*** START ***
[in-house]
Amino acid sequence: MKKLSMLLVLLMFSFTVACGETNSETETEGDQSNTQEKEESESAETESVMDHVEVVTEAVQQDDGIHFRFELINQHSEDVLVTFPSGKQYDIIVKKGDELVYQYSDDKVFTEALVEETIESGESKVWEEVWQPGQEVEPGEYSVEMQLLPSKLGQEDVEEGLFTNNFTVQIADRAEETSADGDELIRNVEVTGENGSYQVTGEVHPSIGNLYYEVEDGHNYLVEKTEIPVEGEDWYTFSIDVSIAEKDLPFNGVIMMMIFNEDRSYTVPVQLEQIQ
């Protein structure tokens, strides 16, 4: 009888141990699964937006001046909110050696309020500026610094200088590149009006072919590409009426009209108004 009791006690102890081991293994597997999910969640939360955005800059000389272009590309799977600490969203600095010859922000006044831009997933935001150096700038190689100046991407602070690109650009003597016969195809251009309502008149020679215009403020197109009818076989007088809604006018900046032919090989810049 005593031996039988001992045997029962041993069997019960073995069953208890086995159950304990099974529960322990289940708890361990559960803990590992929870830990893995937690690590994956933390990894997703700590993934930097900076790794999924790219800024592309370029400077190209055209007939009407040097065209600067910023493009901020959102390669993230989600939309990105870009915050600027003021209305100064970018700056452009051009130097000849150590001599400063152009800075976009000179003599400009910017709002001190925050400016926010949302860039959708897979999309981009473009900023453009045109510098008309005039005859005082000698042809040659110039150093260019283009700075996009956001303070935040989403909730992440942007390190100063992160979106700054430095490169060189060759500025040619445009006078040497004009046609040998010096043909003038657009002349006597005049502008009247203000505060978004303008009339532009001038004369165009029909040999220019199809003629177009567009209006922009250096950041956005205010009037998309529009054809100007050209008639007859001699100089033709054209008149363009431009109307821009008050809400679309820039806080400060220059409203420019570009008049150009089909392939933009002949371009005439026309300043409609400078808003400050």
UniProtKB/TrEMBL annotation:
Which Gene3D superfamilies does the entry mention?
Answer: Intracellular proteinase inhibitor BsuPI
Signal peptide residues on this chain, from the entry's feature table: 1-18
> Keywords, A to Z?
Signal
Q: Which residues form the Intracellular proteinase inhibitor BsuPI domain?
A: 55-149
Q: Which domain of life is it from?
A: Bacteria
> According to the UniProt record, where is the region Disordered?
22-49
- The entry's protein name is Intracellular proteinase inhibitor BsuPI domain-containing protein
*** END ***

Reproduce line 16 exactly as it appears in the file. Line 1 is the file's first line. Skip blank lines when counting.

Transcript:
- The entry's protein name is Intracellular proteinase inhibitor BsuPI domain-containing protein